One of my favorite stories of the Holiday season is A Christmas Carol by Charles Dickens. What could be more inspiring than that moment when Ebenezer Scrooge, after enduring the long dark night of the soul, wakes up a new man? Scrooge’s transformation from a fearful, angry tightwad to a joyful gift-giver always fills me with hope for humanity, even in these troubling times.
As a Westerner and a conservationist, it has been hard to find much to be hopeful about in recent years. This administration has shown little respect for our region’s astonishing natural heritage. The not-so-subtle attacks on basic environmental laws and the constant push to hurry up and drill, mine and cut our public lands in the name of national security and corporate profits have made it hard not to feel a little stingy toward the man in the White House. So I have recently found myself fantasizing about how George W. Bush might redeem himself in his last few years of office if he were Scrooged.
Imagine the scene: The ghost of Christmas Future has just left the White House and George W., with his own mortality in mind, wakes with a start. He springs to the window and cranks it open. Below, a few scraggly looking protesters trudge in front of the wrought-iron gate, holding up signs that say things like "Save the White House Turkey: Eat Tofu."
Shouts George: "Hey, you down there, you magnificent, long-haired, first-amendment loving patriot. What day is it?"
"Why it’s Christmas day, Sir," responds a startled man, his rasta locks covered with "Impeach Bush" buttons.
"Goody! I’m not too late!" George exclaims. He pulls off the wall a gold-plated automatic machine gun, a post-election gift from a sheik, and tosses it down. "My good man, go hock this and buy yourself 100 tofu-stuffed millet turkeys to share with your honorably disheveled friends. And keep the change!"
Then George turns and tells a visibly stunned press secretary: "Assemble the cabinet in the Oval Office. I have finally come up with that vision thing Dad is always talking about!"
Fifteen minutes later, George addresses his cabinet. "Friends, I have been born again, and I know now that what was up is down, and what was left is right. We must act now to save what is left of my presidency.
"I am a Christian, so I revere all of creation. That means I care about all of those birds and bees and other endangered critters. Dick, go tell that Mr. Pombo that I will not back his bill to gut the Endangered Species Act, and that if he wants me to campaign for his re-election, he better double the funding for habitat protection and law enforcement. We will prosecute those who harm creation, but we will not execute them like a common Texas criminal. They’ll just be required to attend an all-organic dinner party with Laura, me, Cindy Sheehan and the staff of the Center for Biological Diversity.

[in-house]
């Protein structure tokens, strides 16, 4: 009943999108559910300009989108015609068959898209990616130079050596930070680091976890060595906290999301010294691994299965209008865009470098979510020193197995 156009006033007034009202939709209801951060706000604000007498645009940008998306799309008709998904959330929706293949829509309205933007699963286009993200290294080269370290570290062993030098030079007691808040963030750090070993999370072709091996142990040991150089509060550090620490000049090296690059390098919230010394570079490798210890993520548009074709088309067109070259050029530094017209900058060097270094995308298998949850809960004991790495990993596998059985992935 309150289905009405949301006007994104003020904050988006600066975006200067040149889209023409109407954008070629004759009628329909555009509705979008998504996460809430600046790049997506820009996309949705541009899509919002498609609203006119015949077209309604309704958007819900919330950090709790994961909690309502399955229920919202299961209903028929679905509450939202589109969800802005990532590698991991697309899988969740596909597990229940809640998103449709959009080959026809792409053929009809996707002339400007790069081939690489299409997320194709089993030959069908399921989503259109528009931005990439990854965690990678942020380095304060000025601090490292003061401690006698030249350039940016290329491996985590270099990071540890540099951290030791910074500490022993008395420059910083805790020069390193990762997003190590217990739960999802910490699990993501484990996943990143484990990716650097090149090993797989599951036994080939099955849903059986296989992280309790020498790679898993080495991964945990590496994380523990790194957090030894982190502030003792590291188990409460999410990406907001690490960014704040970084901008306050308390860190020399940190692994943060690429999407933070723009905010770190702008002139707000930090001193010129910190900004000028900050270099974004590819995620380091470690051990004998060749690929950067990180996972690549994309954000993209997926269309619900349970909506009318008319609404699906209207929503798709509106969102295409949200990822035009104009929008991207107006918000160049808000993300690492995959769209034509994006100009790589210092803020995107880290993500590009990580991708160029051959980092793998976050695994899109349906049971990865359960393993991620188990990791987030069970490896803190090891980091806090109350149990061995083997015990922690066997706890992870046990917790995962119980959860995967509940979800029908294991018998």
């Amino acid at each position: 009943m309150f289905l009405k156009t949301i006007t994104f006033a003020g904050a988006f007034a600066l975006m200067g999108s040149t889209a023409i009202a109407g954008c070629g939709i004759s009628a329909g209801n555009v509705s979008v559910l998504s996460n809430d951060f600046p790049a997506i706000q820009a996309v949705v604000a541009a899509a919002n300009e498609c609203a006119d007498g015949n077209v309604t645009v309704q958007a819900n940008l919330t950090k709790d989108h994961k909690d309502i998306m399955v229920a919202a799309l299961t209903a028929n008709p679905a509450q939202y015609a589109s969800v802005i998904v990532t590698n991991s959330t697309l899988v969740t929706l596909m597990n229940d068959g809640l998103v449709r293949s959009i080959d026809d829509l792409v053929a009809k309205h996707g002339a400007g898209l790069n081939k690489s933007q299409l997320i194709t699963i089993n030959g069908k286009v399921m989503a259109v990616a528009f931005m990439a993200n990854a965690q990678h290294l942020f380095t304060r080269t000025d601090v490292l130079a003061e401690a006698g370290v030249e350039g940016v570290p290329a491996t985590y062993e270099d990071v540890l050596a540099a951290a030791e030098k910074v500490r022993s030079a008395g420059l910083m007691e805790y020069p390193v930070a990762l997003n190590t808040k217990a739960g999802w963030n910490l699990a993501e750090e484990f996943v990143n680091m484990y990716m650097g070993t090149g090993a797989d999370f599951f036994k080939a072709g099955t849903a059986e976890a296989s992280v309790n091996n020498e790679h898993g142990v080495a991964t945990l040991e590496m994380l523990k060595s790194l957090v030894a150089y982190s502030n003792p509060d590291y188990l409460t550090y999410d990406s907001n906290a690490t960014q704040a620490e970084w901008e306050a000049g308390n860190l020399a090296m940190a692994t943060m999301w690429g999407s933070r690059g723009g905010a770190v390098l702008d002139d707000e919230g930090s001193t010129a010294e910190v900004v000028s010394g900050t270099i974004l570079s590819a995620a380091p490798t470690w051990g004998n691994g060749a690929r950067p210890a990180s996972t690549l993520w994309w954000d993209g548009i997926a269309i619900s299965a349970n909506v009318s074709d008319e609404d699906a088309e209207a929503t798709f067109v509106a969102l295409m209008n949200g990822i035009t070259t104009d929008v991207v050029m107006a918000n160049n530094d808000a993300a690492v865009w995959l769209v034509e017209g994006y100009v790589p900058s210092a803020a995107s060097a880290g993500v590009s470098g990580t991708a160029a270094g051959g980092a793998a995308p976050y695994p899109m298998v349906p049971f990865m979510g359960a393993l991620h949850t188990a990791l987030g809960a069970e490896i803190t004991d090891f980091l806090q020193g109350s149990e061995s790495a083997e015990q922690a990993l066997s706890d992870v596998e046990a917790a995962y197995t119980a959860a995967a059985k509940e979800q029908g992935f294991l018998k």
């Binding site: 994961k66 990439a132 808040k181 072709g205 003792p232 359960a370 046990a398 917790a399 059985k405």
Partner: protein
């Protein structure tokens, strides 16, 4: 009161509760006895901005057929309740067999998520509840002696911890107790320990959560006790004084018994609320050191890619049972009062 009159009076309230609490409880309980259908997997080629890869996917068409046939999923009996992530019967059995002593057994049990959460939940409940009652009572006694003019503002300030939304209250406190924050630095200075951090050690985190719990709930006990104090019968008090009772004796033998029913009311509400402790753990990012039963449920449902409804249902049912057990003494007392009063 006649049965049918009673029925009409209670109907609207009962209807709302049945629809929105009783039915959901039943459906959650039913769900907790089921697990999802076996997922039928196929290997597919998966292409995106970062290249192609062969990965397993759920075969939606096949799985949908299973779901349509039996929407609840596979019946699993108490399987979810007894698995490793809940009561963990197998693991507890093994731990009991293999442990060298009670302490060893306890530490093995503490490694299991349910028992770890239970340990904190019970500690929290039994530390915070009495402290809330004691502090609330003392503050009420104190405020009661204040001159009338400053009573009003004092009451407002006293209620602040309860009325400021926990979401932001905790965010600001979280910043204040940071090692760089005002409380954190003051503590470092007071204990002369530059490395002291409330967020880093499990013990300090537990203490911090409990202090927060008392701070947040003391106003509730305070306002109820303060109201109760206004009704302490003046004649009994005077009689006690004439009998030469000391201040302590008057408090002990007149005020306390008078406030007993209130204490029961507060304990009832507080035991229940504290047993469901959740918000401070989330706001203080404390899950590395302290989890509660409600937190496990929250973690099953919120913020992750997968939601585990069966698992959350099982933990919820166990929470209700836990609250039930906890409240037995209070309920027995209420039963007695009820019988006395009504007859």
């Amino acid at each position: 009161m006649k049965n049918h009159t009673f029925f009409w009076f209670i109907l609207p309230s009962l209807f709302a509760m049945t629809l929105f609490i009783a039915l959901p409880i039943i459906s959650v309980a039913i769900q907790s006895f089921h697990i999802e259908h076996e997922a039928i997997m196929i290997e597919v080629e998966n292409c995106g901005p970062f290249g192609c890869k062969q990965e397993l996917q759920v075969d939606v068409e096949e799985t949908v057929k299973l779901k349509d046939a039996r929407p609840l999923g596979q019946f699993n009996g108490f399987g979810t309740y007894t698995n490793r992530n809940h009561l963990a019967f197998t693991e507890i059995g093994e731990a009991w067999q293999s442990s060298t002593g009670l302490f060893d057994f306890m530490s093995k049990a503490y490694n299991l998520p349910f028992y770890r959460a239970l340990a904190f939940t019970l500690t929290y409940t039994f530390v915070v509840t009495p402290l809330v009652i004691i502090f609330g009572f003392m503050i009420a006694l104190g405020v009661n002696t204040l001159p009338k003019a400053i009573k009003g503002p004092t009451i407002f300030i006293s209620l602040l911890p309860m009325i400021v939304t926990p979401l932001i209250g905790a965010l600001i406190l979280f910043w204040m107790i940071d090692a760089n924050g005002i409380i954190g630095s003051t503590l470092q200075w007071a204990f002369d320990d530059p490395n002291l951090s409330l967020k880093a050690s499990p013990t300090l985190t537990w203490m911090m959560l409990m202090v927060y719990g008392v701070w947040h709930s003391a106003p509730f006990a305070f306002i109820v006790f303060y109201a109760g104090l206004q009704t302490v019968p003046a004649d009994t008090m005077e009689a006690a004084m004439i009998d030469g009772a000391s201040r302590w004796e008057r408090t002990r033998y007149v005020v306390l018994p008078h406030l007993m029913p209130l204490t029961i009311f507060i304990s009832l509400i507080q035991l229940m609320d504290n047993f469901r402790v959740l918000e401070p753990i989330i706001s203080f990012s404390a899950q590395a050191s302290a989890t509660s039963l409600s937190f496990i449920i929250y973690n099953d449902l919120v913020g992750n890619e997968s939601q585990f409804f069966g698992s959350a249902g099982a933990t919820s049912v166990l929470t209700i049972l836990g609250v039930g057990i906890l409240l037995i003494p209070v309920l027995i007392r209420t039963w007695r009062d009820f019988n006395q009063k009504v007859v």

"Gale, let’s pull the plug on Arctic Refuge drilling. What a waste of time that has been! And let’s use that law old Slick Willy Clinton used to create a bunch of our own national monuments in Wyoming’s Red Desert, Colorado’s Roan Plateau and New Mexico’s Otero Mesa. Why should he get all the fun? Besides, that’s what the local people want, and in a democracy, we respect the will of the people.
"Let’s quadruple the investment in alternative energy and require auto manufacturers to double the mileage of their cars and trucks (it’s for their own competitive good!). Our good work will make the Kyoto Treaty look like a cheap suit, and encourage the rest of the world to help us stop this thing called global warming."
For a moment, the room is deadly silent. Dick Cheney and Karl Rove look ill. A tear trickles down George’s face, though he continues to smile broadly. "Be of good cheer my friends. If I can change, so can you. God Bless us, every one."
Paul Larmer is a contributor to Writers on the Range, a service of High Country News in Paonia, Colorado, where he is the paper’s executive director (firstname.lastname@example.org).
Note: the opinions expressed in this column are those of the writer and do not necessarily reflect those of High Country News, its board or staff. If you'd like to share an opinion piece of your own, please write Betsy Marston at email@example.com.